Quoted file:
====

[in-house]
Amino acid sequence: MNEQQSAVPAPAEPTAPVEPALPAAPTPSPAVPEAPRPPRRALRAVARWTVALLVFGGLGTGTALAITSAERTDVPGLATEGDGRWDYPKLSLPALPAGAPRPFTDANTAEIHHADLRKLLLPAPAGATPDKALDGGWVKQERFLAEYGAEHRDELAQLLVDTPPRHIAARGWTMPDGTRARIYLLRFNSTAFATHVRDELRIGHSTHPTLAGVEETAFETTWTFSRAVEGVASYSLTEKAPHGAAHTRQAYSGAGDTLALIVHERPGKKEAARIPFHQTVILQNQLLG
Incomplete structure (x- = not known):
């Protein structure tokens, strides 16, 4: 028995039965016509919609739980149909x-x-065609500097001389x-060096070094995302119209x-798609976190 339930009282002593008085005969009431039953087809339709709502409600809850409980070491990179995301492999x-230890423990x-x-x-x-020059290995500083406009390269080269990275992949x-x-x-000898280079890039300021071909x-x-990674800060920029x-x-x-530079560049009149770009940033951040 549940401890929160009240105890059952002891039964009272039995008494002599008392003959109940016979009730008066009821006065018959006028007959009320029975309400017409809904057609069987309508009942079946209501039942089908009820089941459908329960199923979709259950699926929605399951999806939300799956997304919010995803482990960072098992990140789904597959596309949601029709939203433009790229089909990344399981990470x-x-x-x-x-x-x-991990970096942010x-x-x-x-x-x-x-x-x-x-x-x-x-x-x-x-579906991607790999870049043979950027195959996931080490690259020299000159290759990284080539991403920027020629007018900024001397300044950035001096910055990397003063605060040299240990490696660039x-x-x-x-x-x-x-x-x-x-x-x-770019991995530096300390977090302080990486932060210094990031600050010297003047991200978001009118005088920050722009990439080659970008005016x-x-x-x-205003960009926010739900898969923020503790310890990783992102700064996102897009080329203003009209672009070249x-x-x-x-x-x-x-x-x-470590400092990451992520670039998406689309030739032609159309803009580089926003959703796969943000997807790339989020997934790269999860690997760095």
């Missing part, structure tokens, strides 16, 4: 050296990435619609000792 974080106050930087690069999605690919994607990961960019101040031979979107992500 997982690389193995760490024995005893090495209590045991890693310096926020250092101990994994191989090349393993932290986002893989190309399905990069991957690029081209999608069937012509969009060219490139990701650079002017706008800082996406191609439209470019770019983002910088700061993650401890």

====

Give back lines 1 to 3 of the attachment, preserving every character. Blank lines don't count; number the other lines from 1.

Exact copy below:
[in-house]
Amino acid sequence: MNEQQSAVPAPAEPTAPVEPALPAAPTPSPAVPEAPRPPRRALRAVARWTVALLVFGGLGTGTALAITSAERTDVPGLATEGDGRWDYPKLSLPALPAGAPRPFTDANTAEIHHADLRKLLLPAPAGATPDKALDGGWVKQERFLAEYGAEHRDELAQLLVDTPPRHIAARGWTMPDGTRARIYLLRFNSTAFATHVRDELRIGHSTHPTLAGVEETAFETTWTFSRAVEGVASYSLTEKAPHGAAHTRQAYSGAGDTLALIVHERPGKKEAARIPFHQTVILQNQLLG
Incomplete structure (x- = not known):